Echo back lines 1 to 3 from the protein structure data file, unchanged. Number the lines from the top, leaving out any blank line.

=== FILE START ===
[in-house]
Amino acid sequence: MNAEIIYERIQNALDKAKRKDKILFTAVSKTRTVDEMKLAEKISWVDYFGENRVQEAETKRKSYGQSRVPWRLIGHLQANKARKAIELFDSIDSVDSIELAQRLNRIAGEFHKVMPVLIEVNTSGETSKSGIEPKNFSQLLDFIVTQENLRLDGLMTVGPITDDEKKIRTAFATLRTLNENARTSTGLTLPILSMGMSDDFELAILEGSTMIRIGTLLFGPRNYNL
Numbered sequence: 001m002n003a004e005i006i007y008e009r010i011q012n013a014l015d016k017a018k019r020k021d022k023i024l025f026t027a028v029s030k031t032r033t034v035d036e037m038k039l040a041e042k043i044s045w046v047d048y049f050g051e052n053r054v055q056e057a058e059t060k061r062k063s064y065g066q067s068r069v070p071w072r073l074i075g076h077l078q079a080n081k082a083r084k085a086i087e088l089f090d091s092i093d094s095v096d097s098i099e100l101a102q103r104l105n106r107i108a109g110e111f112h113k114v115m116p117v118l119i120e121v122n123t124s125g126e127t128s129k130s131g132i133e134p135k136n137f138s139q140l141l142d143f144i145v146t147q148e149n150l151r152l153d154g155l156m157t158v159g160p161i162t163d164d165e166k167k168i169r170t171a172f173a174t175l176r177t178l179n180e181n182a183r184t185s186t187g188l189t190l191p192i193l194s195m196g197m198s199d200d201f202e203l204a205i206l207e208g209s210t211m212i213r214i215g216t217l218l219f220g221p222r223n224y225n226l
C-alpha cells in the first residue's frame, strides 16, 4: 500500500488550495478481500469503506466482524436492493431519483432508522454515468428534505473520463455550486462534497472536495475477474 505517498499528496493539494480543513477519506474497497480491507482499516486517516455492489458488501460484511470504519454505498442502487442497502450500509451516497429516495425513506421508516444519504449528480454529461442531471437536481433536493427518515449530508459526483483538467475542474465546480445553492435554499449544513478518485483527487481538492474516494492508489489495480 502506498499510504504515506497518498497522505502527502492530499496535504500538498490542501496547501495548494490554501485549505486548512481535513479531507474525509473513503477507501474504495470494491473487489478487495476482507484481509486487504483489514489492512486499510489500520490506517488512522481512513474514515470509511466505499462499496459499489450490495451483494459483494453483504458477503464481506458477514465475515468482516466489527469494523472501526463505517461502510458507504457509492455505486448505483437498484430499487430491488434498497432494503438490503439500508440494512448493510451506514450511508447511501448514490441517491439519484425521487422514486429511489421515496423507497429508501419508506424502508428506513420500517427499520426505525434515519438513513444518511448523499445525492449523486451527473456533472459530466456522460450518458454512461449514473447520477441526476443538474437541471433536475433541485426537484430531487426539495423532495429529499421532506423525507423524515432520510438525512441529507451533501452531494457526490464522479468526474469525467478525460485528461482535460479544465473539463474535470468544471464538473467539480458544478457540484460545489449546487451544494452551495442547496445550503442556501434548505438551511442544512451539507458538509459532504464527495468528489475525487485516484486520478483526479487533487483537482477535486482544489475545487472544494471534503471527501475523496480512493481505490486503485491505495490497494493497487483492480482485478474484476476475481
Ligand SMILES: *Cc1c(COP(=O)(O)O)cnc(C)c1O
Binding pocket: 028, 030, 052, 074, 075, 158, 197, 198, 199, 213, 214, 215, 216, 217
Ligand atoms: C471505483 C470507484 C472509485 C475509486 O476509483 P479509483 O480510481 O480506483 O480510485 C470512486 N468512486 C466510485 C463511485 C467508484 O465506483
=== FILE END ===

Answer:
[in-house]
Amino acid sequence: MNAEIIYERIQNALDKAKRKDKILFTAVSKTRTVDEMKLAEKISWVDYFGENRVQEAETKRKSYGQSRVPWRLIGHLQANKARKAIELFDSIDSVDSIELAQRLNRIAGEFHKVMPVLIEVNTSGETSKSGIEPKNFSQLLDFIVTQENLRLDGLMTVGPITDDEKKIRTAFATLRTLNENARTSTGLTLPILSMGMSDDFELAILEGSTMIRIGTLLFGPRNYNL
Numbered sequence: 001m002n003a004e005i006i007y008e009r010i011q012n013a014l015d016k017a018k019r020k021d022k023i024l025f026t027a028v029s030k031t032r033t034v035d036e037m038k039l040a041e042k043i044s045w046v047d048y049f050g051e052n053r054v055q056e057a058e059t060k061r062k063s064y065g066q067s068r069v070p071w072r073l074i075g076h077l078q079a080n081k082a083r084k085a086i087e088l089f090d091s092i093d094s095v096d097s098i099e100l101a102q103r104l105n106r107i108a109g110e111f112h113k114v115m116p117v118l119i120e121v122n123t124s125g126e127t128s129k130s131g132i133e134p135k136n137f138s139q140l141l142d143f144i145v146t147q148e149n150l151r152l153d154g155l156m157t158v159g160p161i162t163d164d165e166k167k168i169r170t171a172f173a174t175l176r177t178l179n180e181n182a183r184t185s186t187g188l189t190l191p192i193l194s195m196g197m198s199d200d201f202e203l204a205i206l207e208g209s210t211m212i213r214i215g216t217l218l219f220g221p222r223n224y225n226l